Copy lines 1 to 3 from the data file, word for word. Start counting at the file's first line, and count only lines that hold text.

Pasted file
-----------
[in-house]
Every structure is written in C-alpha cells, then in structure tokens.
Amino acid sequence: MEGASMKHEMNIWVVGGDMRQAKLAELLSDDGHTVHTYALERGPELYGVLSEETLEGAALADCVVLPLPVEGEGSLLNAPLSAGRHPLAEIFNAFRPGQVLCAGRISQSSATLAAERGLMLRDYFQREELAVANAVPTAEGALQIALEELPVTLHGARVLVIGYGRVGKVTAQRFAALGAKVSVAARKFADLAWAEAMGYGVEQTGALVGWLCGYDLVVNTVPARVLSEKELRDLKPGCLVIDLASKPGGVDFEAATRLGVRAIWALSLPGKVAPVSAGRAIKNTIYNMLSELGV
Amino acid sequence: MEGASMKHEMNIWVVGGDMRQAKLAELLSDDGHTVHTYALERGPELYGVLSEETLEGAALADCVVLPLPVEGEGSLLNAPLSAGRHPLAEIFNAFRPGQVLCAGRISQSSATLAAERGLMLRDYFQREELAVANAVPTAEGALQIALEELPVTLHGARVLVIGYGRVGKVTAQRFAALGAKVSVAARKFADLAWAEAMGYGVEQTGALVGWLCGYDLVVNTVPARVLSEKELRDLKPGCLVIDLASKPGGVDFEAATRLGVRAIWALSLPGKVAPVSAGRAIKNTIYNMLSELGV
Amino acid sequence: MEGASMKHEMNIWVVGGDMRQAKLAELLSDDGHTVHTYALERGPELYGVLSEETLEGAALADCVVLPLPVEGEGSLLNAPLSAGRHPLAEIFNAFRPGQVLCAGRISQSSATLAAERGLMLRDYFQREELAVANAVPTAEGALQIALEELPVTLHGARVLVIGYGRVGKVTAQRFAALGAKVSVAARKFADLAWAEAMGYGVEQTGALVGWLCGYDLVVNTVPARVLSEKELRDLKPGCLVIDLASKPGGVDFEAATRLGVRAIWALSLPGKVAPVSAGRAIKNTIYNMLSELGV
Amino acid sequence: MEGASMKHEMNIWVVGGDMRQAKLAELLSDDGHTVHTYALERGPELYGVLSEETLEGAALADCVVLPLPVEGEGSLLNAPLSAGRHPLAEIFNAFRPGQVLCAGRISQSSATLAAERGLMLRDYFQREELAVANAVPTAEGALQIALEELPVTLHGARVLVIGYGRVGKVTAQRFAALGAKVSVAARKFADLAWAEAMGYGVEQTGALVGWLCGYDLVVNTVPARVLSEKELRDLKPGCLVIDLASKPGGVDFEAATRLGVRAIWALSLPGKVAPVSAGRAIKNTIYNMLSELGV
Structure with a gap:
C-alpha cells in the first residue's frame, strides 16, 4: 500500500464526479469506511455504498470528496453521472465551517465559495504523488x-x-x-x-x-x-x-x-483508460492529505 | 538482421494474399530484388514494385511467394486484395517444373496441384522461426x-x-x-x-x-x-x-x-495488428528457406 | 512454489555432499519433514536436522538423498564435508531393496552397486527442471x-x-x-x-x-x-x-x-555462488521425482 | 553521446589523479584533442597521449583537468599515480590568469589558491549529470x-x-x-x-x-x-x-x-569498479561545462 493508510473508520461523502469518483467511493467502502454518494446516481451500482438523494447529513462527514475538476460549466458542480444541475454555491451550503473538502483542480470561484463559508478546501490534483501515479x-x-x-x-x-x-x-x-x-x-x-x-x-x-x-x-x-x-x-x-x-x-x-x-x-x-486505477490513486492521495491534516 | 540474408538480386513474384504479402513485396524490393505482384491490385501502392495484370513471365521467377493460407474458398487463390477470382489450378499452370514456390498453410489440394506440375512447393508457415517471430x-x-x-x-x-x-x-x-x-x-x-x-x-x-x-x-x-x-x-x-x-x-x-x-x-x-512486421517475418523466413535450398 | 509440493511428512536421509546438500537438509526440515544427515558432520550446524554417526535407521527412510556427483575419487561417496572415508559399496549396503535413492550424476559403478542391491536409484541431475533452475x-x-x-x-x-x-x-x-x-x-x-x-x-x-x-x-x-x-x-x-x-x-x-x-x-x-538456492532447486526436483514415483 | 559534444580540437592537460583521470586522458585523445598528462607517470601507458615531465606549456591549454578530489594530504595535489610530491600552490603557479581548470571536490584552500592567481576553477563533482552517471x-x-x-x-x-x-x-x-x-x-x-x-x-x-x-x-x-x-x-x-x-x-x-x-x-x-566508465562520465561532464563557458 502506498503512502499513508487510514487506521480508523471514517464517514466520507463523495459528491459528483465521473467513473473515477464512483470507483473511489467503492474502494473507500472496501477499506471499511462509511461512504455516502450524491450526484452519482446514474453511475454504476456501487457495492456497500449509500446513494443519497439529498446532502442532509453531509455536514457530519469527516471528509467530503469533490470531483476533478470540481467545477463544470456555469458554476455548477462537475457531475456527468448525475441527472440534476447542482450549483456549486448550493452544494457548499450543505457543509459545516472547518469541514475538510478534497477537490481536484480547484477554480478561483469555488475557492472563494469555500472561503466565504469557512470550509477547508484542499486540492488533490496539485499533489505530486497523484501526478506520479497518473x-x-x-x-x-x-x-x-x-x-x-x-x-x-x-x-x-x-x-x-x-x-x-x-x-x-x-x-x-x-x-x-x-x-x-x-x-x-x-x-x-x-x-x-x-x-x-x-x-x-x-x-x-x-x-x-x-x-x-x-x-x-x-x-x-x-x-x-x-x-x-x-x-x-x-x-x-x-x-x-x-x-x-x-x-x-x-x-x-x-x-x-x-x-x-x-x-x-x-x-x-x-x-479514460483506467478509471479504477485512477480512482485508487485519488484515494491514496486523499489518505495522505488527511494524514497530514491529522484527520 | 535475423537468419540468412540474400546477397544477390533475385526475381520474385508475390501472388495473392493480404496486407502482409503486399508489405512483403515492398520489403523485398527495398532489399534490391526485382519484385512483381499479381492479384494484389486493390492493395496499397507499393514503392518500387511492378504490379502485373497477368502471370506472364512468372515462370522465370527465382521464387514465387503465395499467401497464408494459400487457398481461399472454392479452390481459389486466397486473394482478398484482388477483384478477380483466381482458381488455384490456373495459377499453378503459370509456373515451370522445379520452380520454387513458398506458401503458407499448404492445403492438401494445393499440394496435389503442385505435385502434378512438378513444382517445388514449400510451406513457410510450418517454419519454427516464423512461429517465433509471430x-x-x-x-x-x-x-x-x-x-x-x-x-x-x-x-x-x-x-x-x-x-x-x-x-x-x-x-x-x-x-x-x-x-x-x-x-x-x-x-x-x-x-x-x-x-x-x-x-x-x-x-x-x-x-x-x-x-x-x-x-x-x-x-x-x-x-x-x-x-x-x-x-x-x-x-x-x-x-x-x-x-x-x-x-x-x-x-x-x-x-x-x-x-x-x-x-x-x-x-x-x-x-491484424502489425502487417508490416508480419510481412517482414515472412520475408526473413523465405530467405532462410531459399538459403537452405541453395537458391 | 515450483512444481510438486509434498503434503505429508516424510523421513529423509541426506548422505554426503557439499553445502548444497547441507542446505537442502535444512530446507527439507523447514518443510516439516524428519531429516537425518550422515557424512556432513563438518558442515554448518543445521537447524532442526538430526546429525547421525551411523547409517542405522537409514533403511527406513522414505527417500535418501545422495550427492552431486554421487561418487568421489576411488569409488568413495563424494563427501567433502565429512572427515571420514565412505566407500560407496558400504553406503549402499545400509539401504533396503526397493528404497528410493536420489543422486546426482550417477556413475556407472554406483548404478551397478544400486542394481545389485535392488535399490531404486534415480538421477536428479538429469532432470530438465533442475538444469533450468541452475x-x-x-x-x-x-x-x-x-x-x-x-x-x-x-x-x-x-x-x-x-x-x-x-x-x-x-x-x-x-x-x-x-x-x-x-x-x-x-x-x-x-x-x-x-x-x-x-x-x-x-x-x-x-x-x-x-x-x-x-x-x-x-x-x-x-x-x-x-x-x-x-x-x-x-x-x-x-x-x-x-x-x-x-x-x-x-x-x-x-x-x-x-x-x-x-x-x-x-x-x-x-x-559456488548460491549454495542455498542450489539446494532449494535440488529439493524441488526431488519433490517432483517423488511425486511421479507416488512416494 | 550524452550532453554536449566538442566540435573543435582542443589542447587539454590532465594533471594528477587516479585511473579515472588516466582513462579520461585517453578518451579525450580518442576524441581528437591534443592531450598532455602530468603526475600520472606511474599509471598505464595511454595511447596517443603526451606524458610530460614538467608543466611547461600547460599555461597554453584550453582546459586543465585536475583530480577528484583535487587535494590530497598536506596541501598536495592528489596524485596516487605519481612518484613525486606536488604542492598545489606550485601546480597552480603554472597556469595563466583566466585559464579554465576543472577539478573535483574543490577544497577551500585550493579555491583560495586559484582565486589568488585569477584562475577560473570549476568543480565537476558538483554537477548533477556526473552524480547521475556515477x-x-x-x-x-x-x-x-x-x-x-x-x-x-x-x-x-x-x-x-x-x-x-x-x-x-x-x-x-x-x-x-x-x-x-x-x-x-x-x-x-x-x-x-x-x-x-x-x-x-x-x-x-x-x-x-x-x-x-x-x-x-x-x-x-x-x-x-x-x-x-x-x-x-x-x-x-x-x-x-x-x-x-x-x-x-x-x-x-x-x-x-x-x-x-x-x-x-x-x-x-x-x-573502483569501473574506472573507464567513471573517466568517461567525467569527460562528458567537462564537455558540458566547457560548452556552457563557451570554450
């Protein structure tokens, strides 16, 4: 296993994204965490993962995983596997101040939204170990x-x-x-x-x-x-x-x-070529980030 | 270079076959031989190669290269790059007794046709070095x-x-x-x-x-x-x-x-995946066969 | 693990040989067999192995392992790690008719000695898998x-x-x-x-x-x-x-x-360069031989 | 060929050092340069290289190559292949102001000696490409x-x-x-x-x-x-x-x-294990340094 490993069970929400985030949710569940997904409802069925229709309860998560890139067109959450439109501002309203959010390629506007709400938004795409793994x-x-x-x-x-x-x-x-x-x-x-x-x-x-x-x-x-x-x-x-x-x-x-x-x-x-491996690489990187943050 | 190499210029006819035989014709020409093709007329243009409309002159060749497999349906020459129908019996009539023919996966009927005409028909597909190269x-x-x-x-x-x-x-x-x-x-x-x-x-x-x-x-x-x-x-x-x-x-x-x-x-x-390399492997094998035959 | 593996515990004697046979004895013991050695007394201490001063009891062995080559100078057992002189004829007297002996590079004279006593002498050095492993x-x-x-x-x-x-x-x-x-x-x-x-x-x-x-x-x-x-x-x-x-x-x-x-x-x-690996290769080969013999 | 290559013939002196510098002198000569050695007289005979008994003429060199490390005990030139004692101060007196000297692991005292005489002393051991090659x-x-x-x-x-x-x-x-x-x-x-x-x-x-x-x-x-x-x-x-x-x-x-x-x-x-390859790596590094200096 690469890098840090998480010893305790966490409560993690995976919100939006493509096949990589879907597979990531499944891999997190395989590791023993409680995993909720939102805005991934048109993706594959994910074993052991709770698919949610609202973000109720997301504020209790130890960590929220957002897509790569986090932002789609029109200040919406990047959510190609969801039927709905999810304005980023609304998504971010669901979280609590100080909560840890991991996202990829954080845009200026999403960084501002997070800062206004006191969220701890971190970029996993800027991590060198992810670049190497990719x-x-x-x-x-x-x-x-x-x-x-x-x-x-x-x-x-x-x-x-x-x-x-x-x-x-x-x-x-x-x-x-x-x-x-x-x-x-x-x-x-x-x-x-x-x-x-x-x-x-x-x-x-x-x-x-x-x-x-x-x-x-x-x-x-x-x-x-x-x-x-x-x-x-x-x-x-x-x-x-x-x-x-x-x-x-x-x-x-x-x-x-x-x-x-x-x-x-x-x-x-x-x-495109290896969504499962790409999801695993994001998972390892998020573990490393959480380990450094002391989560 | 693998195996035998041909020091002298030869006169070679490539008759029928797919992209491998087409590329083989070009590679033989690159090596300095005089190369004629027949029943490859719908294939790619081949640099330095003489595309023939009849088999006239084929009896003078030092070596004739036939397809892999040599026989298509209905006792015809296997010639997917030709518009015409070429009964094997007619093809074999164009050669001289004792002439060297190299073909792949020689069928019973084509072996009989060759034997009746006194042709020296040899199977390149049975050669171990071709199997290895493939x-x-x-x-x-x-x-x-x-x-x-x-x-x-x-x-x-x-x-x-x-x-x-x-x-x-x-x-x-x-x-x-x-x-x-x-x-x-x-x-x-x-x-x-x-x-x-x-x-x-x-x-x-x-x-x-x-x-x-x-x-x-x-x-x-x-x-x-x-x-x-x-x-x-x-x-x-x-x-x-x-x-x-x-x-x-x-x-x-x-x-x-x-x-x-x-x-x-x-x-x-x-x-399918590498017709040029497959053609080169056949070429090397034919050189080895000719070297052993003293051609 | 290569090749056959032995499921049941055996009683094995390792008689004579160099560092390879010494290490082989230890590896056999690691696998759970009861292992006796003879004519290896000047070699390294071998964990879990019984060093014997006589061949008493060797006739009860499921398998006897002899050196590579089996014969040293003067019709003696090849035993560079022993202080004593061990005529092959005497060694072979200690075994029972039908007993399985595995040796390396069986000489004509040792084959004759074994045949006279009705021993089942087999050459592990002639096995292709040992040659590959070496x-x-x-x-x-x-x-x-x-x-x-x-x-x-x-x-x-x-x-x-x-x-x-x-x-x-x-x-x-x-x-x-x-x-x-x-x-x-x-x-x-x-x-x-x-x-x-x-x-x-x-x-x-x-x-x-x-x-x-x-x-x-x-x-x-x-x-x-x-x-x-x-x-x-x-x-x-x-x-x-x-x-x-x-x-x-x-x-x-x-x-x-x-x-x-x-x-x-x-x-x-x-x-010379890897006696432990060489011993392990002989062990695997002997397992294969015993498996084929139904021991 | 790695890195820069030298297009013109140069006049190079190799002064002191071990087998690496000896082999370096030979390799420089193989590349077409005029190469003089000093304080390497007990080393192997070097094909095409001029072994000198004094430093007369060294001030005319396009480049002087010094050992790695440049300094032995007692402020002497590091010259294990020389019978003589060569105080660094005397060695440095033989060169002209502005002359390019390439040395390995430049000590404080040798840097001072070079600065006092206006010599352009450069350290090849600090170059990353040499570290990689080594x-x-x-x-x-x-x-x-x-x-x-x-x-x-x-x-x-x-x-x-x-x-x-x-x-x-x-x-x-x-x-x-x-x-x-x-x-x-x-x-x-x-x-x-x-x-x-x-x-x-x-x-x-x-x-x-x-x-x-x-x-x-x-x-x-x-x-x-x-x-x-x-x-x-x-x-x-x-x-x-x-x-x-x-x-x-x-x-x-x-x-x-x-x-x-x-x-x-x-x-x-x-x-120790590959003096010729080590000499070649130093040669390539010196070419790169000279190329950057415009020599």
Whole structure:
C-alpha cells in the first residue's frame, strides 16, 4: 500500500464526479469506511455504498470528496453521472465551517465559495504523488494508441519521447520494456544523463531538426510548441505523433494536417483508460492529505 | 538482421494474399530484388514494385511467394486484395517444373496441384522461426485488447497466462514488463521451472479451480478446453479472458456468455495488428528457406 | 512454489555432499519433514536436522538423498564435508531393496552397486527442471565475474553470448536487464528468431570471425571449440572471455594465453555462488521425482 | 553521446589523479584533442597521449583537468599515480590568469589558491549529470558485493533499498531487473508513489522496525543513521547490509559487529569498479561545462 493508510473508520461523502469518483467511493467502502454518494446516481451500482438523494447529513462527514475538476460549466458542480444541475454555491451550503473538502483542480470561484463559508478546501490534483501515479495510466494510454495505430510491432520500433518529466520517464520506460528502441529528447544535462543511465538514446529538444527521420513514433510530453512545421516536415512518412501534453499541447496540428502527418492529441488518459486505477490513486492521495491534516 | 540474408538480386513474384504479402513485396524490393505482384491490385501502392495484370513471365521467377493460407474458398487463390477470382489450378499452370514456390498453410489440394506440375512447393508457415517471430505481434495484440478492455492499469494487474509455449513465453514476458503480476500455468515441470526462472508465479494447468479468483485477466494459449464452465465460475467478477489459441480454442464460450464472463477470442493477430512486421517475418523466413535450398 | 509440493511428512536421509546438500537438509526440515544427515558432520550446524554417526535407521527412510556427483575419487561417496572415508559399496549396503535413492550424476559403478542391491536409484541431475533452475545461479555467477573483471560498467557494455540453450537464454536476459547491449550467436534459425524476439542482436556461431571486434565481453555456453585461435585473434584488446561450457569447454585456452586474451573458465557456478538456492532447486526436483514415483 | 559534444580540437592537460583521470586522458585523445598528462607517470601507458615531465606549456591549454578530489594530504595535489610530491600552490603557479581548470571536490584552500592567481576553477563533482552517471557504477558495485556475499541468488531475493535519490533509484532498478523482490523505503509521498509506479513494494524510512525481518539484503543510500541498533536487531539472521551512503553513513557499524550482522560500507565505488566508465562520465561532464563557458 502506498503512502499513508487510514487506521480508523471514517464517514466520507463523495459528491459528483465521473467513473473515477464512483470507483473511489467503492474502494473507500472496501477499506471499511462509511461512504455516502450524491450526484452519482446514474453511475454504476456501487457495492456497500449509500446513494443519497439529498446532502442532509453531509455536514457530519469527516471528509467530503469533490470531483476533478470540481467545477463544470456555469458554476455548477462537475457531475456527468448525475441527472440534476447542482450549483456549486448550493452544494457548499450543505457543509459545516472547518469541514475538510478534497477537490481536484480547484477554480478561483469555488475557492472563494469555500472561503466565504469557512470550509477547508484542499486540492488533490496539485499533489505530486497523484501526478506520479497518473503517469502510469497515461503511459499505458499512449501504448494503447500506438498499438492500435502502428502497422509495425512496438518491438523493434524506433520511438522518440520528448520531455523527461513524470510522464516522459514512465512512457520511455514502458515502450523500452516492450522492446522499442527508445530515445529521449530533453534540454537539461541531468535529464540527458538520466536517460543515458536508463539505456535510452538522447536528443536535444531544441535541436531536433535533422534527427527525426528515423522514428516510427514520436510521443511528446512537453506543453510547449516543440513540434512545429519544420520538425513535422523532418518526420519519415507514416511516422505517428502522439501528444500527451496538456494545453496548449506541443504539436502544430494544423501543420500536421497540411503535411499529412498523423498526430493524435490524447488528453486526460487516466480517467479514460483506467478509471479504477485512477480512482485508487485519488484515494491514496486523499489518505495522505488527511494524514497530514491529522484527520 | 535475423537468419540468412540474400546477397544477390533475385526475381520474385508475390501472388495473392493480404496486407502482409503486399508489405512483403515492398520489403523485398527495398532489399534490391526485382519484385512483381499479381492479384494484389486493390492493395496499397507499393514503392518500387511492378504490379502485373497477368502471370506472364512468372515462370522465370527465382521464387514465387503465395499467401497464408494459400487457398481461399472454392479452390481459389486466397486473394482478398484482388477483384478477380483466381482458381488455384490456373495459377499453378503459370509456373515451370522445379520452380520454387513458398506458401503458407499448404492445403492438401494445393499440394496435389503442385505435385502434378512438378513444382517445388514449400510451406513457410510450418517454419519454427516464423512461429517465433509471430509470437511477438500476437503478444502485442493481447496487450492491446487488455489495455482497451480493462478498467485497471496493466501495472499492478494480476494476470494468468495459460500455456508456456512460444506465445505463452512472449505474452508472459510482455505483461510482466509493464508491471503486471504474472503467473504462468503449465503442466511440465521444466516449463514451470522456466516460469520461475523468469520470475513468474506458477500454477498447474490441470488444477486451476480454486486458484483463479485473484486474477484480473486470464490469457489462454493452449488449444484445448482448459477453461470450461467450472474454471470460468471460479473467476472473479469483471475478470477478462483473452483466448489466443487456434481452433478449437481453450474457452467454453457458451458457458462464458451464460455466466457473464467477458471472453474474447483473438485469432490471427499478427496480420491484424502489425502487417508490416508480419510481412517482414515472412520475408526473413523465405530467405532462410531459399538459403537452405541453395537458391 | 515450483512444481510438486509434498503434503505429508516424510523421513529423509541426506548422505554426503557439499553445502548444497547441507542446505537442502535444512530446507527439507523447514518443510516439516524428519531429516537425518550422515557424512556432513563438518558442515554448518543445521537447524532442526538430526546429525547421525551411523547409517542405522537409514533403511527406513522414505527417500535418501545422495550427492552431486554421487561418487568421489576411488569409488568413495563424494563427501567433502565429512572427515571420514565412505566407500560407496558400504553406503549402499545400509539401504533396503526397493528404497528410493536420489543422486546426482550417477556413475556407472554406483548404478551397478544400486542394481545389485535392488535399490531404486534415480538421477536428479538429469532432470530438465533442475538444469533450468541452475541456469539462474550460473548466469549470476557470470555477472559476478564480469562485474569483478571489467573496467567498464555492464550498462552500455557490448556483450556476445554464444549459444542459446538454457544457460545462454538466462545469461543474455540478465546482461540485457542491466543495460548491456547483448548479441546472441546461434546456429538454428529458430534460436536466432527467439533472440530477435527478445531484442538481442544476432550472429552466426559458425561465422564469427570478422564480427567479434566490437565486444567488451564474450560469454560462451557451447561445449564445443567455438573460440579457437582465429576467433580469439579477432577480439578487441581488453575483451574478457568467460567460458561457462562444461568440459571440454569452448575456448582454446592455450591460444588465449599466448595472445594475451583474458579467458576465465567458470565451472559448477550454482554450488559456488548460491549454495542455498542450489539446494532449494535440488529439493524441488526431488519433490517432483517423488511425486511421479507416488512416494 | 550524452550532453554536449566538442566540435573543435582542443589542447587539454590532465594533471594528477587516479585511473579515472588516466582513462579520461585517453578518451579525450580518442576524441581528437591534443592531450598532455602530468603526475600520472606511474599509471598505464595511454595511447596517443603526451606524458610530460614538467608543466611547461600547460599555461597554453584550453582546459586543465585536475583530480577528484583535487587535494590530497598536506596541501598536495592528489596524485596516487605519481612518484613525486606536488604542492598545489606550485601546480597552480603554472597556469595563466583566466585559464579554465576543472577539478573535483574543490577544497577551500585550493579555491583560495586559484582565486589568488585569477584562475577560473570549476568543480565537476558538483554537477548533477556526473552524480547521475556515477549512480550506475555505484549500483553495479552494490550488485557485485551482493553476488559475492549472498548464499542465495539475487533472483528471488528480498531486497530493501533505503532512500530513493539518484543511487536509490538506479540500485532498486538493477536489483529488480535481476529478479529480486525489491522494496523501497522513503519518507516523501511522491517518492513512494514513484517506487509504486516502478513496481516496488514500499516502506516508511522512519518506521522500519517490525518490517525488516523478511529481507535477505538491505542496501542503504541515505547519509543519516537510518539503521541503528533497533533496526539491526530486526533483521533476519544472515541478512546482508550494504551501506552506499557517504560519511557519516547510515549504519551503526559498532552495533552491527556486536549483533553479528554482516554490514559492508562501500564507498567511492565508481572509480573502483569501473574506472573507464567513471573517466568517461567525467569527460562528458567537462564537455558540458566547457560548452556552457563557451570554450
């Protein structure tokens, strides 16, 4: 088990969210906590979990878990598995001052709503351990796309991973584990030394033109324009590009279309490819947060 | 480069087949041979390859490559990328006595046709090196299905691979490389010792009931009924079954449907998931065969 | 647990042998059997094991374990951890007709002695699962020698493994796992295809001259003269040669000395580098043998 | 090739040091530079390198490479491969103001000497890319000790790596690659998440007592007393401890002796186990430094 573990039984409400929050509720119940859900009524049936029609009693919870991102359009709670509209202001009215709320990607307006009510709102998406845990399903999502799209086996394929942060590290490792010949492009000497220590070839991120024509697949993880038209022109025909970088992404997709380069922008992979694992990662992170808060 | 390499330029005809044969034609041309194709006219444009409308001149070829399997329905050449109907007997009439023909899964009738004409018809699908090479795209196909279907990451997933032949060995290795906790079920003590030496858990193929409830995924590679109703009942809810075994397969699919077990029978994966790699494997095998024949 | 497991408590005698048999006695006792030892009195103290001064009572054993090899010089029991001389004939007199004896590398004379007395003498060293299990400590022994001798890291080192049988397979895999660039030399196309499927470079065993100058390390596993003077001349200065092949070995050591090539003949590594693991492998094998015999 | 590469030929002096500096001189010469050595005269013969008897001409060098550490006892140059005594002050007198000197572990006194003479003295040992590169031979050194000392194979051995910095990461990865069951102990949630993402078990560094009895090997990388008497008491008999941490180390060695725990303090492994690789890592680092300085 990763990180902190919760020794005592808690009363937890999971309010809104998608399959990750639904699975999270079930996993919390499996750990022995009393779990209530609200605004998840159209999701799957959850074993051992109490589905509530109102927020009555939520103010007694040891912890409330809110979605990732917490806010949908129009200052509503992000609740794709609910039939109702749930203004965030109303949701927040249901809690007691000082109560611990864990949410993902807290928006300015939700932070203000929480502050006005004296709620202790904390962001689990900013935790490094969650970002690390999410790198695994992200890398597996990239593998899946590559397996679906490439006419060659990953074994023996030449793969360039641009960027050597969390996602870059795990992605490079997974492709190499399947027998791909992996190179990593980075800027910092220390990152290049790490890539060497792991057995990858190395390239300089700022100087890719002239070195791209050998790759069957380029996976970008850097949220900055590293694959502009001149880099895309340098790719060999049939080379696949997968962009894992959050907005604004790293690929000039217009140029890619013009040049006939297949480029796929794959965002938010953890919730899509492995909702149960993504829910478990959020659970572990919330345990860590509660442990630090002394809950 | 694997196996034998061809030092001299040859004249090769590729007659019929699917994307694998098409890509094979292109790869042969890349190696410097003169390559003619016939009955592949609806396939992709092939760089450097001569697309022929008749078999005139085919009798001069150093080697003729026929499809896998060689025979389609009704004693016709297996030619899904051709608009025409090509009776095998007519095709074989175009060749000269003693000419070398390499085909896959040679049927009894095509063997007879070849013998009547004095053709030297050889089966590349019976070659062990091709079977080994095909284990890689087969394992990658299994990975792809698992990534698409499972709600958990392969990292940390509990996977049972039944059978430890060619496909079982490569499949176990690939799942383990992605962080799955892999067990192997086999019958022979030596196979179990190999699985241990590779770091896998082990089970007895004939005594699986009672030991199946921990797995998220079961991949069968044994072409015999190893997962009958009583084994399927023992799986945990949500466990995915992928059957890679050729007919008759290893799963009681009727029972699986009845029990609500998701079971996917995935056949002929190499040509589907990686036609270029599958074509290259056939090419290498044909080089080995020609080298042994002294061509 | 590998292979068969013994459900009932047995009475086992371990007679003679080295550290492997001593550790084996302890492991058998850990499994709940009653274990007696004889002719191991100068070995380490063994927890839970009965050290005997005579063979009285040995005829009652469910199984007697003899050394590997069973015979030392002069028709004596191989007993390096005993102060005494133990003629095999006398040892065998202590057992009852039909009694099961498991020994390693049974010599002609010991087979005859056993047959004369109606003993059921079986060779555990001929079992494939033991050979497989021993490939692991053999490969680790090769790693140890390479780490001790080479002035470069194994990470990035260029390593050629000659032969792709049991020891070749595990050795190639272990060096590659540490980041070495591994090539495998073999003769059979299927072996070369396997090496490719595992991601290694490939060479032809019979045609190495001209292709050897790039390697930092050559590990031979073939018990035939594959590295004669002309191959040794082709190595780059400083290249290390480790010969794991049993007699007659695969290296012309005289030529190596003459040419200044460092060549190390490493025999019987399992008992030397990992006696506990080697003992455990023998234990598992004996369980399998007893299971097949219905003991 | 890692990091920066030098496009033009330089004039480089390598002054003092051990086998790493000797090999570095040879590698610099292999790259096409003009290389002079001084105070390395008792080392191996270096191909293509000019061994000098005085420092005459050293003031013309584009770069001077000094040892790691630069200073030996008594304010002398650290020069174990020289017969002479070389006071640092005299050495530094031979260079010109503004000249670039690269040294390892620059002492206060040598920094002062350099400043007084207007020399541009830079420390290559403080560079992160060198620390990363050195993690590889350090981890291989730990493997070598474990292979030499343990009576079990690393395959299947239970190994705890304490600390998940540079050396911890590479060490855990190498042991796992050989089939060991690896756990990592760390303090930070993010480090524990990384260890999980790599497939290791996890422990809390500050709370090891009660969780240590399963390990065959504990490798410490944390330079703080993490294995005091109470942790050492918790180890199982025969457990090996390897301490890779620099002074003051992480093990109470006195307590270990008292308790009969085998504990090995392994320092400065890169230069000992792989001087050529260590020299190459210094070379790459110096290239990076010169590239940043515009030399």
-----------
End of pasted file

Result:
[in-house]
Every structure is written in C-alpha cells, then in structure tokens.
Amino acid sequence: MEGASMKHEMNIWVVGGDMRQAKLAELLSDDGHTVHTYALERGPELYGVLSEETLEGAALADCVVLPLPVEGEGSLLNAPLSAGRHPLAEIFNAFRPGQVLCAGRISQSSATLAAERGLMLRDYFQREELAVANAVPTAEGALQIALEELPVTLHGARVLVIGYGRVGKVTAQRFAALGAKVSVAARKFADLAWAEAMGYGVEQTGALVGWLCGYDLVVNTVPARVLSEKELRDLKPGCLVIDLASKPGGVDFEAATRLGVRAIWALSLPGKVAPVSAGRAIKNTIYNMLSELGV